haruspex (hah-RUH-speks or HAH-ruh-speks) n. a soothsayer, in particular one who practices the art of divination through the use of the entrails of a sacrificed animal.
The word haruspex is partly of Latin origin, from the Latin specere ("to look at"), and refers to a Roman or Etruscan priest who interpreted the will of the gods by examining the livers, spleens, and entrails of sacrificed animals, especially sheep and poultry. The plural form of the word is "haruspices," and the practice itself is known as "haruspicy."
From the excellent site on haruspicy developed by John Opsopaus:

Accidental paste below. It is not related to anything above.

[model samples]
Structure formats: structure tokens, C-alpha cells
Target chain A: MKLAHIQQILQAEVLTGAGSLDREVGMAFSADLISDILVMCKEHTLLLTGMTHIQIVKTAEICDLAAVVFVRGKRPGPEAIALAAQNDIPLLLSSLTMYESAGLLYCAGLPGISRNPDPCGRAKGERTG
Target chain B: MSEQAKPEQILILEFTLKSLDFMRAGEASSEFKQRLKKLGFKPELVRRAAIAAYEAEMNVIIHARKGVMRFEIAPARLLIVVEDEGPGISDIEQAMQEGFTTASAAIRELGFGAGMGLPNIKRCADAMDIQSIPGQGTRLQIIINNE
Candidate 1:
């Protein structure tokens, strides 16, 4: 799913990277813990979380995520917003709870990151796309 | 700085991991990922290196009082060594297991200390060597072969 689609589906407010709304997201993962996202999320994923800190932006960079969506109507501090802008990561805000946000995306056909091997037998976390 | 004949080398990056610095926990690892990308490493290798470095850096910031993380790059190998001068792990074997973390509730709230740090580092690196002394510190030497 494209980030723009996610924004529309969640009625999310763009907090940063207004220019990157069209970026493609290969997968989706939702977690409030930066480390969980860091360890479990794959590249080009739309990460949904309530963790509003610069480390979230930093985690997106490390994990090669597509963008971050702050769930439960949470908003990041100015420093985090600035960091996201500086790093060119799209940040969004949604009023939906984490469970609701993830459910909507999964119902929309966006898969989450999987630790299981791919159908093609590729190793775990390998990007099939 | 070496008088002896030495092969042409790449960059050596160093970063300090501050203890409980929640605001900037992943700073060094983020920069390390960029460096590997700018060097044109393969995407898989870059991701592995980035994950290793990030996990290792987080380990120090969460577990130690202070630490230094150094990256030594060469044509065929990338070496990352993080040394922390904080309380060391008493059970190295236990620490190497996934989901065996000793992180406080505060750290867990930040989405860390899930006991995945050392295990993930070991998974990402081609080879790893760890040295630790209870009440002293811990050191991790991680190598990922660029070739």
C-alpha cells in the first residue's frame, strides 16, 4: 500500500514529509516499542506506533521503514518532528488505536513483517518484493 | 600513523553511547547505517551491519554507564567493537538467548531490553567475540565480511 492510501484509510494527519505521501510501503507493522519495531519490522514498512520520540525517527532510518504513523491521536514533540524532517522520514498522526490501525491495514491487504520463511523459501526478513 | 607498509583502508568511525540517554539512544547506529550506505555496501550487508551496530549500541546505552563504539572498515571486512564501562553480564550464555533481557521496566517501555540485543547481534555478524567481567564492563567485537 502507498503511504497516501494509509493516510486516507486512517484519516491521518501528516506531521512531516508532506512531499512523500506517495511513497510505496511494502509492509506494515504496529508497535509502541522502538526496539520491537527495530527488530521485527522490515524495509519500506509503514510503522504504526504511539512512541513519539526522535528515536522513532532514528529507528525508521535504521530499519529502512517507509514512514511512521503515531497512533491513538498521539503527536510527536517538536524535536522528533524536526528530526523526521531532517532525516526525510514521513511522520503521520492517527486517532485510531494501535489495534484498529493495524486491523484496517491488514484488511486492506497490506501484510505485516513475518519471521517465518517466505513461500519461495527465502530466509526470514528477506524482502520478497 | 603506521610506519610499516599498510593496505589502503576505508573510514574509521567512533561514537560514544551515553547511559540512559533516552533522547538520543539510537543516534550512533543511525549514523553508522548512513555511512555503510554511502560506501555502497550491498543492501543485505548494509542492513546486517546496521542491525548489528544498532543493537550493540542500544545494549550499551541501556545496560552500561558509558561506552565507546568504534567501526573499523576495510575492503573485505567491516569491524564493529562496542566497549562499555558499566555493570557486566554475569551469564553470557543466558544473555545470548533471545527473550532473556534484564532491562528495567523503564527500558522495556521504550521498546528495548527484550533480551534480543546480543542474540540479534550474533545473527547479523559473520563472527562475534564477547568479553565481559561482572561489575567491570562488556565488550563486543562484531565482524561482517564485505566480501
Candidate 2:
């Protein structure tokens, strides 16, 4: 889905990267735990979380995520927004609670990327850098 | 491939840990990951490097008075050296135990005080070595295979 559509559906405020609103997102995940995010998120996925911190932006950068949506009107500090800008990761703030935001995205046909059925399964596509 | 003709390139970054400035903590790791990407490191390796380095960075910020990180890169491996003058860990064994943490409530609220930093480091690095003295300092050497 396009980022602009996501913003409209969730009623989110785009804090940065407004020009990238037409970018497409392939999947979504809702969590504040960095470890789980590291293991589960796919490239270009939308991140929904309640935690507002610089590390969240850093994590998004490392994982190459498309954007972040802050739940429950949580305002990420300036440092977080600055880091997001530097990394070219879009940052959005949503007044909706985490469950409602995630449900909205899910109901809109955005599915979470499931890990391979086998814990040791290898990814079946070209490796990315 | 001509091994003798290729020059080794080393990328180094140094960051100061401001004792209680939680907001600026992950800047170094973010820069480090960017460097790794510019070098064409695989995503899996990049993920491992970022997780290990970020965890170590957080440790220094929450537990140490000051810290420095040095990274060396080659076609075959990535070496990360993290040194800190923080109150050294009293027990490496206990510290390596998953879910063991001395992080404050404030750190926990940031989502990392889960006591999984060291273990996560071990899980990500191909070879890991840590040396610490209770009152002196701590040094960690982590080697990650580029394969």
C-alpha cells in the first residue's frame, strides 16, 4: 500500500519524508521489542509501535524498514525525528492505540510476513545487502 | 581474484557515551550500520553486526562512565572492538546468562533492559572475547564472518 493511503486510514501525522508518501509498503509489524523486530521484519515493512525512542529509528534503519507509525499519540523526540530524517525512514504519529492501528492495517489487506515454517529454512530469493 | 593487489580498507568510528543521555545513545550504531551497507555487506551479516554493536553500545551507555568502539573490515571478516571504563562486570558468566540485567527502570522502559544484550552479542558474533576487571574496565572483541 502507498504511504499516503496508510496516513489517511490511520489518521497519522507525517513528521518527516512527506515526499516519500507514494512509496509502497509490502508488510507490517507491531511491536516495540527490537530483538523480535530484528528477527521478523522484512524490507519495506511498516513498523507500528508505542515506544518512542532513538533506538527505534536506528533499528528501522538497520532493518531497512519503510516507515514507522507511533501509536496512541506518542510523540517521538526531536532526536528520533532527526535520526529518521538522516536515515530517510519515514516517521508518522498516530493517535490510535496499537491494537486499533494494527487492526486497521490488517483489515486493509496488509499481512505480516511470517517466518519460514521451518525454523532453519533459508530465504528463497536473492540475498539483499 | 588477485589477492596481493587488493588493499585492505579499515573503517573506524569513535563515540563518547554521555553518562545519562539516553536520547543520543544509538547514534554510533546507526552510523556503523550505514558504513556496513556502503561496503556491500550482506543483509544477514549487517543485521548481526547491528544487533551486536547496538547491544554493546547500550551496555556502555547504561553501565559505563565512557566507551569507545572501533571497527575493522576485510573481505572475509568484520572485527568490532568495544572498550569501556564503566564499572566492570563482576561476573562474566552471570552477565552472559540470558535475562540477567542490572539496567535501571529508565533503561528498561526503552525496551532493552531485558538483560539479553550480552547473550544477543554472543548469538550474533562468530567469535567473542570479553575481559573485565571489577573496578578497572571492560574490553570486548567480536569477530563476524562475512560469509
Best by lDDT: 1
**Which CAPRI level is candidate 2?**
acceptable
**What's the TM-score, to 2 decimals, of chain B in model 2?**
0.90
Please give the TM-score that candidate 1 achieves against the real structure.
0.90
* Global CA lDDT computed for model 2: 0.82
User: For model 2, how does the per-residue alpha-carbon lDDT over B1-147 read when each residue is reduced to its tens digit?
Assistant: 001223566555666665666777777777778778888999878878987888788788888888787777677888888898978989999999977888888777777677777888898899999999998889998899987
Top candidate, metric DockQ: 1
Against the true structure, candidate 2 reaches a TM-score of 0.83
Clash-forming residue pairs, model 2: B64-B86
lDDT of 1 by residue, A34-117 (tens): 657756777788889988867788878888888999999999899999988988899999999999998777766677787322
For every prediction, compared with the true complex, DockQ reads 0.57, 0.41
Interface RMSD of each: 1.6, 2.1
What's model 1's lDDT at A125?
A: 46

"Haruspices" (diviners) from Etruria were consulted privately throughout the history of the Roman Empire. The Roman Senate also held haruspicy in the highest regard and consulted haruspices before all important state decisions. The emperor Claudius was a student of Etruscan language and learning, and created a "college" of 60 haruspices that existed until the beginning of the fifth century AD. In 408 they offered their services to Pompeianus, the Prefect of Rome, to save the city from the Goths; Innocent, the Christian bishop, reluctantly agreed, so long as the rites were kept secret. It is likely that in the end the rites were not performed; in any case Rome fell. The open practice of "The Etruscan Discipline" continued into the sixth century, but disappeared after that.